In non-COVID period, parents drop our kids off at school, leave them there for a stretch, then reconvene without a crystal clear accounting of every minute or activity. With remote learning, of course, it is all going down at your kitchen table or in your living room. It can be easy to hover.
But fight the urge to micromanage. Your child’s teacher is their teacher. Let them do their job. Fiske noted that when parents go into classrooms and volunteer during non-COVID times, their child’s behavior often changes. You have to give them space to be who they are without you around.
“Some parents are definitely sitting there, trying to make their kid pay attention the whole time,” she said. (Instead, here are some tips that can actually help.)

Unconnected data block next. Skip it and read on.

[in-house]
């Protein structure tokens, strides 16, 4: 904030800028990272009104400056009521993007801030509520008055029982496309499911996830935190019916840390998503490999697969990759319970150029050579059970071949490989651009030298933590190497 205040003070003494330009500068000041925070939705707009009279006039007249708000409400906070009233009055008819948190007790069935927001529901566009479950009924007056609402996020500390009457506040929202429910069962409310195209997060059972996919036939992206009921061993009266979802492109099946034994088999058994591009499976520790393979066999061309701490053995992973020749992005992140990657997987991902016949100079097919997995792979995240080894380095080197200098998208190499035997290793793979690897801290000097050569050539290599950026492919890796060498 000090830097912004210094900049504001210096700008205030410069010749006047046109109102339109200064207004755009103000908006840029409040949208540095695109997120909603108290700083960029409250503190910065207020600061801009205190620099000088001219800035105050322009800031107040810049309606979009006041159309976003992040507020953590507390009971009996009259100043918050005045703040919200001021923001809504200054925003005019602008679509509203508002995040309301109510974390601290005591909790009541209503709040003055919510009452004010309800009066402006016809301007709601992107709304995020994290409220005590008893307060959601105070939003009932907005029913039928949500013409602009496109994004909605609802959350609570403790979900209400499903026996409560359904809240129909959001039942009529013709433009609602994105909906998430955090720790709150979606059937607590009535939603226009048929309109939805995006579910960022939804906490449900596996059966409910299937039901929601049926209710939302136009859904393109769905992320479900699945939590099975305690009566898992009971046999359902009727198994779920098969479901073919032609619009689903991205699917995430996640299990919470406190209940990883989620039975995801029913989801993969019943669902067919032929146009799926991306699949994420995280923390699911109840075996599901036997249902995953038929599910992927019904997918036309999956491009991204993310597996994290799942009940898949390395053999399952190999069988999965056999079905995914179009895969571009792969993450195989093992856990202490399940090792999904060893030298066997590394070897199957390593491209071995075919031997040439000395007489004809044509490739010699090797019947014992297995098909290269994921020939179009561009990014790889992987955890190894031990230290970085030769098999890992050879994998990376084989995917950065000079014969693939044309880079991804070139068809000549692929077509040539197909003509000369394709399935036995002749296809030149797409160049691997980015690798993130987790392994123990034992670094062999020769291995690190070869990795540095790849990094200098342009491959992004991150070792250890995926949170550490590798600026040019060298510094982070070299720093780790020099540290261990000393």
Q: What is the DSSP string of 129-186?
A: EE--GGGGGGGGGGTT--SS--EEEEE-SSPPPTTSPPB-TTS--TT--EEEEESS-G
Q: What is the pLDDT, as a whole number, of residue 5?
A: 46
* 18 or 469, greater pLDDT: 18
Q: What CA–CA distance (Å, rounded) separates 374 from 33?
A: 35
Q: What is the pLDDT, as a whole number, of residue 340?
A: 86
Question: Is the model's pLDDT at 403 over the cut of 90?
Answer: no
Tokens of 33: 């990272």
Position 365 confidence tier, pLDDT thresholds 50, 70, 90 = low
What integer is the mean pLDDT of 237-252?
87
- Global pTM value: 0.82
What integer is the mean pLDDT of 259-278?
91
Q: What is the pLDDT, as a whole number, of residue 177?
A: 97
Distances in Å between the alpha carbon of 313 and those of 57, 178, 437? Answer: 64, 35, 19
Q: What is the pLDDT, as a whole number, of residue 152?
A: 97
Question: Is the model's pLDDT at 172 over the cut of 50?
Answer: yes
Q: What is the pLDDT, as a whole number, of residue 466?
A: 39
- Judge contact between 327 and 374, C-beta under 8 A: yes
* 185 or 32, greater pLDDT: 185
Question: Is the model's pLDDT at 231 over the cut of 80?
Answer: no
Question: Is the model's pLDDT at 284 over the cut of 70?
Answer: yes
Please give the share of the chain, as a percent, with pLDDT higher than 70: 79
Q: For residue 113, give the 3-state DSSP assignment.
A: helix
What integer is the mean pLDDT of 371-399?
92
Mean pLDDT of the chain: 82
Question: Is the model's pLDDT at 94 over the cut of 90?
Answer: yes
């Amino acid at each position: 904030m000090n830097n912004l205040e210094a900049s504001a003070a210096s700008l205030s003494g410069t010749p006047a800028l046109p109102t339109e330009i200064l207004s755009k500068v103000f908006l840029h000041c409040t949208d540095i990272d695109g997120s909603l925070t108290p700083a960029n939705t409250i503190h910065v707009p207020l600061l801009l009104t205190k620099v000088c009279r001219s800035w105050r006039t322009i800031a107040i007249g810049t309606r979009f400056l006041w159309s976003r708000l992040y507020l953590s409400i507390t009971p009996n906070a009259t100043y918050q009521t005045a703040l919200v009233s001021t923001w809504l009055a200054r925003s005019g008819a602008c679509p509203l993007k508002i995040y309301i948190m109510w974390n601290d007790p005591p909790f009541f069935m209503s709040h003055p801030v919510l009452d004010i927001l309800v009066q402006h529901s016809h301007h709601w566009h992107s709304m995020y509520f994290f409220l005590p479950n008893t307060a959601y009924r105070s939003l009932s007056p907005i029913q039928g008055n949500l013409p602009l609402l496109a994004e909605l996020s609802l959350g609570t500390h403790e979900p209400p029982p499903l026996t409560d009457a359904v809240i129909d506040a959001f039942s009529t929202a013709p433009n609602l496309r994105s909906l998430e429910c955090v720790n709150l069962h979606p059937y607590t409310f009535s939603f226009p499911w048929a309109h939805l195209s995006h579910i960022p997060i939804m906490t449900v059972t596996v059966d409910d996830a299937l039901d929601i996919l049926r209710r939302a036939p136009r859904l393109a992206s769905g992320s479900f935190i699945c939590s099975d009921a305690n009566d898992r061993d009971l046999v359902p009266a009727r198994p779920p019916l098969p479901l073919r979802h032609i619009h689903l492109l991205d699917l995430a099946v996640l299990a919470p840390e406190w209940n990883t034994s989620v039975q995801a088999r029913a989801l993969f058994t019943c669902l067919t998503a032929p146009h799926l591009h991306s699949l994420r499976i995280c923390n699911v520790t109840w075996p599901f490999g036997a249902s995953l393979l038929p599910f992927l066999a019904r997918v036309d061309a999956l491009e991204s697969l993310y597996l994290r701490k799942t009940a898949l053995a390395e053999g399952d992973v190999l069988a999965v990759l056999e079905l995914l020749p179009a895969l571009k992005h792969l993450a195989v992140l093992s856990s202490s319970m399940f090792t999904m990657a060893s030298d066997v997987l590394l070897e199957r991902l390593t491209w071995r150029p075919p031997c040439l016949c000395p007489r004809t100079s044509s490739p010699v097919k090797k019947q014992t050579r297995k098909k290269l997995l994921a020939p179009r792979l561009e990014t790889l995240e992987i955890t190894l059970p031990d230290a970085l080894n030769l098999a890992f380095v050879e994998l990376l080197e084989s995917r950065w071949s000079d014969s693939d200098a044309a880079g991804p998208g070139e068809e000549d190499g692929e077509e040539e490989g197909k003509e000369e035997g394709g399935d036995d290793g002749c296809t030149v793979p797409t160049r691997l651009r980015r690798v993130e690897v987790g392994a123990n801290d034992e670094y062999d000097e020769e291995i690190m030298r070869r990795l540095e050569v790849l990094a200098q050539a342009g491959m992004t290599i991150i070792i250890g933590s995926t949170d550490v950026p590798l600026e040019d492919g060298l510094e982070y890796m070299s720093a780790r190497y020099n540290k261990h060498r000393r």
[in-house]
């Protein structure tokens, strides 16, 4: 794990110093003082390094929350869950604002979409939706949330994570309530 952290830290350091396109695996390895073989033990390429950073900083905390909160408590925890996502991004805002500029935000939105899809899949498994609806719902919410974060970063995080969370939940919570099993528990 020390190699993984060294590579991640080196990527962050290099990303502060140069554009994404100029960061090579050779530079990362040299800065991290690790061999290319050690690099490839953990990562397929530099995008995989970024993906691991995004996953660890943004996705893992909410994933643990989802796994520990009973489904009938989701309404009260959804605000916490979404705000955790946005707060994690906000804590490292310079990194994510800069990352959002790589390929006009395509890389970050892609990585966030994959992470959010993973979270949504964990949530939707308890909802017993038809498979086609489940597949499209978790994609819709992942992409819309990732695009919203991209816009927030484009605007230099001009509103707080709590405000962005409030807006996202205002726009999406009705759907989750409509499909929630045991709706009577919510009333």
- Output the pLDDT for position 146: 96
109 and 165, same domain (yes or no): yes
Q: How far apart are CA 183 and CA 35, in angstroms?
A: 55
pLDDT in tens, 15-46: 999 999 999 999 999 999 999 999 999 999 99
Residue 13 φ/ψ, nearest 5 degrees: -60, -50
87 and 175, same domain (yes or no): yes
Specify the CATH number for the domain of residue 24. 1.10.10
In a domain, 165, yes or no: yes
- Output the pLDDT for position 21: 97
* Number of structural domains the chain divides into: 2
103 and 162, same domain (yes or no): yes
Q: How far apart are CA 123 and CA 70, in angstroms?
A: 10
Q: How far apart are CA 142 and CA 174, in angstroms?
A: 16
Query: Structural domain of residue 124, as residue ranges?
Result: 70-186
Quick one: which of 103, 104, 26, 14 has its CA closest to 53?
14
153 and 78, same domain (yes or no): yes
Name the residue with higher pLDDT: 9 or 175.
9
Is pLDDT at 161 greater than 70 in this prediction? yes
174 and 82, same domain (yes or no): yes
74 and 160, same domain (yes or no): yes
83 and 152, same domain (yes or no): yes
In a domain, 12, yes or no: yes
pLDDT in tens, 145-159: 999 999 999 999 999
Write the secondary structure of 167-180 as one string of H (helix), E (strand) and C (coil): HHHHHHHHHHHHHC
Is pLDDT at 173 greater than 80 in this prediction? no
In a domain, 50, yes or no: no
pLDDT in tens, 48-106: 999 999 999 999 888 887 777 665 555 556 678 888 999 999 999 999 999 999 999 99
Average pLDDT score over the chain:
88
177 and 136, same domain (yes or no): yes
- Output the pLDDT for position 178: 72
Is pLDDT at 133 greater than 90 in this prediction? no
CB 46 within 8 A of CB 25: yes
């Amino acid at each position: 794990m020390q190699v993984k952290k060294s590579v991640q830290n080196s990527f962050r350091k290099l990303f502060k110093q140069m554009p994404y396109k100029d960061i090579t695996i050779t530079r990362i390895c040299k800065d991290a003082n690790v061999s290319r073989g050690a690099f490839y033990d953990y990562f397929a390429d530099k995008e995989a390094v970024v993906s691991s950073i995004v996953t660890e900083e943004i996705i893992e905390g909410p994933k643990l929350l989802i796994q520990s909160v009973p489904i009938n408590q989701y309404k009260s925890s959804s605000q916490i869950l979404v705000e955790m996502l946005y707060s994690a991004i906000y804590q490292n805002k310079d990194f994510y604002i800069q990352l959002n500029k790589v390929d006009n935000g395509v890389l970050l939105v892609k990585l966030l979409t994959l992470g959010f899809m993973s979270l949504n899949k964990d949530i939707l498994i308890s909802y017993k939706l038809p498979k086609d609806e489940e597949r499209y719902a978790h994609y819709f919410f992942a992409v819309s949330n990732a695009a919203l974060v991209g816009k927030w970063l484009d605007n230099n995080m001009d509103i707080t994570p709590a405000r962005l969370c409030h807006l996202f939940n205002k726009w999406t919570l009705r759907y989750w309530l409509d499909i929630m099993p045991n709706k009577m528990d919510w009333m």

Of course, how hands-on you have to be depends a lot on your child’s age. A kindergartner may need someone there in a way a 5th grader doesn’t. He said it’s helpful to just ask your child’s teacher how hands-on they’d like you to be — so long as that teacher understands it may not happen, because you also have your own work to deal with, other children to watch, etc.